NUJ looks to co-op model to rescue threatened newspapers

Union organiser Paul Holleran hopes the success of other media co-ops can throw a lifeline to at-risk local titles

Union representatives negotiating over the threatened closure of a series of newspapers in Scotland are considering the co-op model as a way of keeping them alive.

The National Union of Journalists is in talks with Johnston Press, which reported a £300m pre-tax loss in March, over the future of 24 titles in a bid to keep them open.

Writing on the Scottish Socialist Party website, NUJ Scotland organiser Paul Holleran said: “Drastic steps were required to keep them open, it was stated, or closure would follow within a few years for most and immediate cessation of trade for two or three of the titles.

“The union is negotiating to keep the newspapers alive, but don’t accept that closure would be a final solution.

The NUJ is in talks with Johnston Press over 24 titles including the Arbroath Herald

“The setting up of co-operatively owned structures to take over the running of these, many historic titles, has already begun.”

Mr Holleran told Co-op News that negotiations with Johnston Press were going well and there “will be no immediate threat to titles”.

But he added: “It is a matter of time before some of the weaker papers are at risk.”

The problems at Johnston are part of a pattern of falling sales and ad revenues in the newspaper industry.

One former Johnston journalist has already set up his own, independently owned, title, the Hawick Paper.

And the crisis in print media claimed its latest UK victim last week, when the 160-year-old Oldham Chronicle was closed by owner Hirst, Kidd and Rennie Ltd.

There are concerns that of a knock-on effect for civic engagement, one report on the decline of local newspapers cites studies linking the closure of titles to reduced election turnout.

In his piece, Mr Holleran wrote: “A major measure of any functioning democracy is the state of its media and anyone looking closely at the newspaper and broadcasting industry in this country would be rightly concerned about the current position of the fourth estate in particular.

Related: Media co-ops take a chance on independence

“However, the ownership of the press has long been an issue for workers and consumers and the alternative examples that currently exist are good models to follow.”

And he argued that viable newspapers were being closed because they do not make enough profit for their owners.

“While the industry is clearly in decline it is not as newspaper proprietors would have us believe, in that the papers are still profitable for their owners, but not pulling in as much revenue as they used to,” he wrote.

Now, NUJ Scotland is working in a long-term plan to develop a co-op future for papers, and has sought advice from the Isle of Skye-based West Highland Free Press, which set up as UK’s first employee-owned paper 30 years ago.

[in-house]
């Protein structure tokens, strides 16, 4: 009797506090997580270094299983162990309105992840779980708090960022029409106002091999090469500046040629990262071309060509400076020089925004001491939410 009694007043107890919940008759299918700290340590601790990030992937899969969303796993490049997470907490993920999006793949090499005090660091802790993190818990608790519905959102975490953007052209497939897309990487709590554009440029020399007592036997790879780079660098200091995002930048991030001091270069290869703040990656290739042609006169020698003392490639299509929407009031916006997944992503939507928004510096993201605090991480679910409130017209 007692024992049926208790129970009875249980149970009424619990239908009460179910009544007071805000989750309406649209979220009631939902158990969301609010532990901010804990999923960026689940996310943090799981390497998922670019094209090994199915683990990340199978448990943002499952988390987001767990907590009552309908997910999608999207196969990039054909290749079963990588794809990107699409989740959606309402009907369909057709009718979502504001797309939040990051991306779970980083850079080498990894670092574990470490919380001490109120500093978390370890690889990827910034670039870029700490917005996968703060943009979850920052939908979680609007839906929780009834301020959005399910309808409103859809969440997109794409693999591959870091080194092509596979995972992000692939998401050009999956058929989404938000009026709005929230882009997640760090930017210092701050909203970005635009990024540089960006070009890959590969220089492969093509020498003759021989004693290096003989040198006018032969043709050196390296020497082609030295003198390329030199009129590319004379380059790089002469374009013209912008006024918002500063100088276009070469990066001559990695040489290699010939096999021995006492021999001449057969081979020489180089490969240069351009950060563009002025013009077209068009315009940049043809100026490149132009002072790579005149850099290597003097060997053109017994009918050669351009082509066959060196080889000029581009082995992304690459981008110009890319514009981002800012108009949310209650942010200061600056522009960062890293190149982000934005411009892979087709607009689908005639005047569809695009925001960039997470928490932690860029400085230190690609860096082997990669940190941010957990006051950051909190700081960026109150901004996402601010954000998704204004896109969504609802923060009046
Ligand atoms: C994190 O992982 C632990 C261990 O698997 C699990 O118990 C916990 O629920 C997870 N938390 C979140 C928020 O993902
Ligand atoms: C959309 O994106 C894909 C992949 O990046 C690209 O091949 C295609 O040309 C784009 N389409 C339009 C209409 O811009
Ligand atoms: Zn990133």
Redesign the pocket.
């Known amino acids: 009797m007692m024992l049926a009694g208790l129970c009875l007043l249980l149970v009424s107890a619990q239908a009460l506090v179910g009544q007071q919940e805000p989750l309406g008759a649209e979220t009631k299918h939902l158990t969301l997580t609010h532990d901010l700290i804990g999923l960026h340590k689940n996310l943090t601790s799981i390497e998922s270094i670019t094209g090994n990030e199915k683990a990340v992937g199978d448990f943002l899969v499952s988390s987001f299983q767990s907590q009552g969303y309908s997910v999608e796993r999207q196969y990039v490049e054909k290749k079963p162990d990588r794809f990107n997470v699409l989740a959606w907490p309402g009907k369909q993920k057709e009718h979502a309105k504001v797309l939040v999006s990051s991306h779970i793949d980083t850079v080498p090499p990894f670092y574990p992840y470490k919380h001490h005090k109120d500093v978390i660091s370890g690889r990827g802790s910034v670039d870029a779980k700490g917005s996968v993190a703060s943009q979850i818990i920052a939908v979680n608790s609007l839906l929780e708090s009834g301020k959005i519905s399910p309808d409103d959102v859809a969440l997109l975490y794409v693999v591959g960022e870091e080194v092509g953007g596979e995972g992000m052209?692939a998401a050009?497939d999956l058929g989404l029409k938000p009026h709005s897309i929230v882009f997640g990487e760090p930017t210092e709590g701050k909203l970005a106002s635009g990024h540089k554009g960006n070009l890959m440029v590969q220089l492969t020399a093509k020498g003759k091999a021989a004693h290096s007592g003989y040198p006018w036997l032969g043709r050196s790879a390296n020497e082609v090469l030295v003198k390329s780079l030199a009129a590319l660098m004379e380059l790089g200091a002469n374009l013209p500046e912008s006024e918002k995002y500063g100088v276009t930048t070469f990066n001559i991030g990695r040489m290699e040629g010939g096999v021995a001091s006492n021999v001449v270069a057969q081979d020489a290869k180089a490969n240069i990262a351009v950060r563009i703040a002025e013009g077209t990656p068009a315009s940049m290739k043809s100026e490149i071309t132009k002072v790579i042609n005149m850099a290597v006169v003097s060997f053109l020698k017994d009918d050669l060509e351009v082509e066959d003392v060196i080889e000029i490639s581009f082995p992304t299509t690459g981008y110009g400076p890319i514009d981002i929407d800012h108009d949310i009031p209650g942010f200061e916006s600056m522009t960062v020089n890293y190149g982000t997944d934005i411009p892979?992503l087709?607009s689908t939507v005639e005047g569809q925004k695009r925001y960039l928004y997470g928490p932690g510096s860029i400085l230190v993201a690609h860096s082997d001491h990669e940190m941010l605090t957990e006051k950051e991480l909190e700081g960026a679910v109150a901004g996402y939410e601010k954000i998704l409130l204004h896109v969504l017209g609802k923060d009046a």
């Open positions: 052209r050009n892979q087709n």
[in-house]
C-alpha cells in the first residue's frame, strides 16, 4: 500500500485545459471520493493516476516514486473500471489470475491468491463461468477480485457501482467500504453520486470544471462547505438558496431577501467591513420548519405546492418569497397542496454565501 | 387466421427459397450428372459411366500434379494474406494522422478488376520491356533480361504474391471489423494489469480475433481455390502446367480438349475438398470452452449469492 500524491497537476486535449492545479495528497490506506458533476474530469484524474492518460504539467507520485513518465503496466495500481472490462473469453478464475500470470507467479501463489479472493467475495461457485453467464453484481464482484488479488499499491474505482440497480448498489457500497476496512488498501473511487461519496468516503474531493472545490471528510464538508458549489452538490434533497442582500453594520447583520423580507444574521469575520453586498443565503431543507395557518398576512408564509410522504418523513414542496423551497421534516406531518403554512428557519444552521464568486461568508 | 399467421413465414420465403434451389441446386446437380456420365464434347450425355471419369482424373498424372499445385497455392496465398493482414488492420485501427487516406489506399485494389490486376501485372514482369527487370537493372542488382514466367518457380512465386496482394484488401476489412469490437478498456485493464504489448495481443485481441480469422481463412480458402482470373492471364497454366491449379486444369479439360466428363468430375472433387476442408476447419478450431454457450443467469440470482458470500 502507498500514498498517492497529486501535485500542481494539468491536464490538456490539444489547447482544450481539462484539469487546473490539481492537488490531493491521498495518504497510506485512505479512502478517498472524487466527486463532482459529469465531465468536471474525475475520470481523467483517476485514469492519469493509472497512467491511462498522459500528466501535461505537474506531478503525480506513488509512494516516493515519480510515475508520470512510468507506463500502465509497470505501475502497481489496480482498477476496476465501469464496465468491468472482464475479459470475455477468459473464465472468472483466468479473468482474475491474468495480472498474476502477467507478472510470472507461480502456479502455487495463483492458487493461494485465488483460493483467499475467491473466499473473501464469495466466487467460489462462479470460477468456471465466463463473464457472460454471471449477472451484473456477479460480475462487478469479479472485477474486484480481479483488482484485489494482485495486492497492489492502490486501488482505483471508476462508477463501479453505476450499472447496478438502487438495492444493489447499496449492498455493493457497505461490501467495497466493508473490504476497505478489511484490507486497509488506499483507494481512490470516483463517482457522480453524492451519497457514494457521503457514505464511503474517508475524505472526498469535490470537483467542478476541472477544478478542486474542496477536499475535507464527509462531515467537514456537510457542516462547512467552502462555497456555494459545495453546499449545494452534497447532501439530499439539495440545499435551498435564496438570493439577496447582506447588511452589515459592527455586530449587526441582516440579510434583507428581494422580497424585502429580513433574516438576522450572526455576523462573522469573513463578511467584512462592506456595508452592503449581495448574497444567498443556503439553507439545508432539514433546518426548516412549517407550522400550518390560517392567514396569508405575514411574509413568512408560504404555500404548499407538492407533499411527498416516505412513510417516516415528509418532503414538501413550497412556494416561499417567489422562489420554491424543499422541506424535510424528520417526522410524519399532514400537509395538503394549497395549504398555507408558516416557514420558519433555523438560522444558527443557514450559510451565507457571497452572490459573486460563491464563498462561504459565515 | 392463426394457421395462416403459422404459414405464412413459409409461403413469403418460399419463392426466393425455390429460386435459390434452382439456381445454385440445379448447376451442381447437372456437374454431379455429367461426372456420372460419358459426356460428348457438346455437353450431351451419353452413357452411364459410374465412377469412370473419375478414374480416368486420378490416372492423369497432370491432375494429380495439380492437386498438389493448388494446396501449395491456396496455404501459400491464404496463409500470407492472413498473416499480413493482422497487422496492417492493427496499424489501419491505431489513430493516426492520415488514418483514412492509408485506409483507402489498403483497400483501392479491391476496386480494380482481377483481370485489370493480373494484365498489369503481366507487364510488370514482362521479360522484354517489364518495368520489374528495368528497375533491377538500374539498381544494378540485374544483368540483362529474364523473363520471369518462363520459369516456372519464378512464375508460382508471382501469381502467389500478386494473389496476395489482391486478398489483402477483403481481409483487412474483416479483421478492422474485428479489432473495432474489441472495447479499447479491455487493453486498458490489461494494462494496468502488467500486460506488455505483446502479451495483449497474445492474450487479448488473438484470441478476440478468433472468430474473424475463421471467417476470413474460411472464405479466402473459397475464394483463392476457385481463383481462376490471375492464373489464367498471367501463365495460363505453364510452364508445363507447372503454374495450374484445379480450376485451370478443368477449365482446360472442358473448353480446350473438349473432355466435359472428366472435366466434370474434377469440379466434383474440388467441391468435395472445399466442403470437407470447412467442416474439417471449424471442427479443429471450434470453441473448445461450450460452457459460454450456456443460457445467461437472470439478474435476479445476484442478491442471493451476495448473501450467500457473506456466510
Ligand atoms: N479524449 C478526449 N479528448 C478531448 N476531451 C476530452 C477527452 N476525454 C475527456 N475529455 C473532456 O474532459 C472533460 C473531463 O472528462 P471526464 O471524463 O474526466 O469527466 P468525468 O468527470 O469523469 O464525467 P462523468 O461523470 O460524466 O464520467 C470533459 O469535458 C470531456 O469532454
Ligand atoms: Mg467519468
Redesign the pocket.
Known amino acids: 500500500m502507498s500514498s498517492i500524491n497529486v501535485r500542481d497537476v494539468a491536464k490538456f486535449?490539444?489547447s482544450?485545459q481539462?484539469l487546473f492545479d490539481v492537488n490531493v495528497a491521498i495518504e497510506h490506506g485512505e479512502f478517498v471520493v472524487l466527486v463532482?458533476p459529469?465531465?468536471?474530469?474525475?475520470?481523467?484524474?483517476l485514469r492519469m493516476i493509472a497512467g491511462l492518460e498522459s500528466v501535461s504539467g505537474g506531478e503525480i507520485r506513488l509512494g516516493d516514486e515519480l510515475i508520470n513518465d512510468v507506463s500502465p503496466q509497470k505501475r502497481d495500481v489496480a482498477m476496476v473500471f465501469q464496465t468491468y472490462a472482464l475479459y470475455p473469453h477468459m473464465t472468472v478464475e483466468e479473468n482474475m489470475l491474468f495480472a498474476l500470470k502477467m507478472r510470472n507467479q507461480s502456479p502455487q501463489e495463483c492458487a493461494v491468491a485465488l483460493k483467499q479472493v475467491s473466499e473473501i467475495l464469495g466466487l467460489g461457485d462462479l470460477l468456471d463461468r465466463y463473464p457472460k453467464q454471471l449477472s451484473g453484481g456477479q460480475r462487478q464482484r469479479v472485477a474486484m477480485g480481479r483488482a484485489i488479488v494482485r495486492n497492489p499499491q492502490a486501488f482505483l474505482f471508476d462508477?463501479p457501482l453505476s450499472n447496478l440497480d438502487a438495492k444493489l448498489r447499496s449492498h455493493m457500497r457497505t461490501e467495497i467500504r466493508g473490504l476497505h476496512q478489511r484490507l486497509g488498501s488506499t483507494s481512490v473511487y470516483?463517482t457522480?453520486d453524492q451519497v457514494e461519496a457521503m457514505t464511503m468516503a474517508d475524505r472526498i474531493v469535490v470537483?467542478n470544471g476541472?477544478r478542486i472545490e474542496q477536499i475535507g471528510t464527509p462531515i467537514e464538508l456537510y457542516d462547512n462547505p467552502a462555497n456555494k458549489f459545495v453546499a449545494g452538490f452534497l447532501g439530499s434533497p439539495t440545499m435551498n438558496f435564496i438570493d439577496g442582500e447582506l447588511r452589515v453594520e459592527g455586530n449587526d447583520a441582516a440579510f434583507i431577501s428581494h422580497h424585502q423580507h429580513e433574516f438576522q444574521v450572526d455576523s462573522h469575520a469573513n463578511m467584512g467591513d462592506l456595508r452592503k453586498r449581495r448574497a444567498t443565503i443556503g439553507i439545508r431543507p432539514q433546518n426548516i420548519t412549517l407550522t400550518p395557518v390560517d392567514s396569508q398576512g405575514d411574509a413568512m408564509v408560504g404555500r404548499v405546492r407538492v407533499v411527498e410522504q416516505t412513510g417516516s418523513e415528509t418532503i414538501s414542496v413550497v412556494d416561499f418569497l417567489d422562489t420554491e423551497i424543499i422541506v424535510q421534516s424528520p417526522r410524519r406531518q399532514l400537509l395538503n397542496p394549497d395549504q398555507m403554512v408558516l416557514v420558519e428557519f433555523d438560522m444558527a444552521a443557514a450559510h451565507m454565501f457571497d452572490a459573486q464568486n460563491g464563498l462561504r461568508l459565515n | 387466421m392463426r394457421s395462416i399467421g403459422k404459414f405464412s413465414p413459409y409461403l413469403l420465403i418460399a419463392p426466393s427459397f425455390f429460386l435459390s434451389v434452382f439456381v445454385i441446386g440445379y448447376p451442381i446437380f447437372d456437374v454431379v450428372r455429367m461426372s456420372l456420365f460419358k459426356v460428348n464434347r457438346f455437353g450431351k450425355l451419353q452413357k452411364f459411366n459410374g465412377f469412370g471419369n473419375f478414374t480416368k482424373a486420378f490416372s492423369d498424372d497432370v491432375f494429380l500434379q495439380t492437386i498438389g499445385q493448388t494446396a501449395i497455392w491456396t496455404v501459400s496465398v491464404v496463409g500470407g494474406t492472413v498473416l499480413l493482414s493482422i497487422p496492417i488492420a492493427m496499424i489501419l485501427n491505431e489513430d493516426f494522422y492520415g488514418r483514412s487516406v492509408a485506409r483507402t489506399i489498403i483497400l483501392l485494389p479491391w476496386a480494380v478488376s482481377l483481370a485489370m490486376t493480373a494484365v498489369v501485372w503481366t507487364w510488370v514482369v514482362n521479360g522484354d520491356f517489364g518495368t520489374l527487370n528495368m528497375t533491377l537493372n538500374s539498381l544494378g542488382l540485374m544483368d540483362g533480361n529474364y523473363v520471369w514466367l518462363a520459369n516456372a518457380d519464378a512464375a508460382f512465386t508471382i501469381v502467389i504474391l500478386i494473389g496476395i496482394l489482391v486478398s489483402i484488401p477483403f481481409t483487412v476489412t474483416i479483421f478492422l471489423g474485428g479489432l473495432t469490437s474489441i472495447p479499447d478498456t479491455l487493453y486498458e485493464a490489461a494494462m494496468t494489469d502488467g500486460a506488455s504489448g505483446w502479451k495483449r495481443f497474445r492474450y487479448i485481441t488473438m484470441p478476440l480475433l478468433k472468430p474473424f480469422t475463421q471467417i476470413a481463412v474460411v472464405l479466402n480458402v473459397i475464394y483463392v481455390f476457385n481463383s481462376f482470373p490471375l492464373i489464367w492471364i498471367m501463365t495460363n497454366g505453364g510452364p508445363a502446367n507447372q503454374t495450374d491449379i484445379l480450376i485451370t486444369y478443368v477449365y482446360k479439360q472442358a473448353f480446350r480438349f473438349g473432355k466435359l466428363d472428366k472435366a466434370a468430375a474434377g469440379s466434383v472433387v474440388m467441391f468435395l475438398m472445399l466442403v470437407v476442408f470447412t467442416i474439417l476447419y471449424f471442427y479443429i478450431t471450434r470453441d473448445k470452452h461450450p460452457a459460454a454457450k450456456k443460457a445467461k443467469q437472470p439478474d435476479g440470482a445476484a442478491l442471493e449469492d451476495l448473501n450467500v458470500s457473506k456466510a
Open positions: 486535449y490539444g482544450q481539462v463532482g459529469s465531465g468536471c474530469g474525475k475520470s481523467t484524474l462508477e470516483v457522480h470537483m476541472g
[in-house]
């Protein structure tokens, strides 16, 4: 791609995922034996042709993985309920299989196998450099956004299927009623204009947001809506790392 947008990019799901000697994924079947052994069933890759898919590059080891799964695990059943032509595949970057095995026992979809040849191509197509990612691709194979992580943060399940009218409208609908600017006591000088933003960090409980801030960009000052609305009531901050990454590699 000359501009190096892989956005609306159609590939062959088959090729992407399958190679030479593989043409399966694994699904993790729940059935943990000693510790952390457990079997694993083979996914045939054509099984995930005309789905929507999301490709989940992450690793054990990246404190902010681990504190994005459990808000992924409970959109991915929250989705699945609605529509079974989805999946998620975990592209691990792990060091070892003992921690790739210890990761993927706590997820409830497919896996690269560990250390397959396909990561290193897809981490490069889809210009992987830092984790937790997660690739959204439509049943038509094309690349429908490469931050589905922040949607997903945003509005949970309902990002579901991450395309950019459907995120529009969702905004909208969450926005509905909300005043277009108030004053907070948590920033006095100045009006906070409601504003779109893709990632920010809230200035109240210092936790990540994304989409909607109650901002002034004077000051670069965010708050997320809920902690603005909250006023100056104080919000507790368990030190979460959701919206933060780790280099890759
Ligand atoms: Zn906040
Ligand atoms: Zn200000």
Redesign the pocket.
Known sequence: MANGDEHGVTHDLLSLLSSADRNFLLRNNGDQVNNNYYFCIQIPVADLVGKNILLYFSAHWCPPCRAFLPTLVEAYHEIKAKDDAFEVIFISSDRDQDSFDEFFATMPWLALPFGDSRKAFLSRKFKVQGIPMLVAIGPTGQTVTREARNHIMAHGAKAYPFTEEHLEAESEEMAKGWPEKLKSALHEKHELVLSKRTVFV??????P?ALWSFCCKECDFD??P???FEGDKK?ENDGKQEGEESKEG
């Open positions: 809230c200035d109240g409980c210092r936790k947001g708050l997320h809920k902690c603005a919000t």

“Their view was that their title was a community asset, a cornerstone of their local democracy and a minimum target of 1 per cent profit once costs are taken out,” he said. “This is a genuinely independent media outlet paying decent salaries but not obsessed with delivering for shareholders to the detriment of the journalism.”

He told the Co-op News that, in terms of finding the right form of co-op: “The West Highland Free Press appears to be a model that works but it would be good to explore alternatives as one template may not suit all situations.”

Mr Holleran has also been looking overseas for examples of good practice, and has spoken to Prof Robert McChesney, a media expert and founder of campaign group Free Press.

Related: How reader-led co-operatives are fulfilling the need for local news

But he warned that taking a co-op approach to rescuing newspapers might not be equally as simple across the UK.

He told Co-op News that the NUJ is “certainly taking that approach in Scotland, but then again we have a big influence in our industry and a more progressive government than Westminster and that will help”.

And he stressed that supportive local authorities and other organisations are important if a local community-owned media is to thrive.

“Sustainability is normally tied into the community asset concept with local government, businesses providing support through advertising and promotion but remaining arms length to ensure editorial independence,” he said.

• 8th September 2017 update: A reference to the Hawick Paper as an example of a co-operative has been changed because it is under sole ownership.

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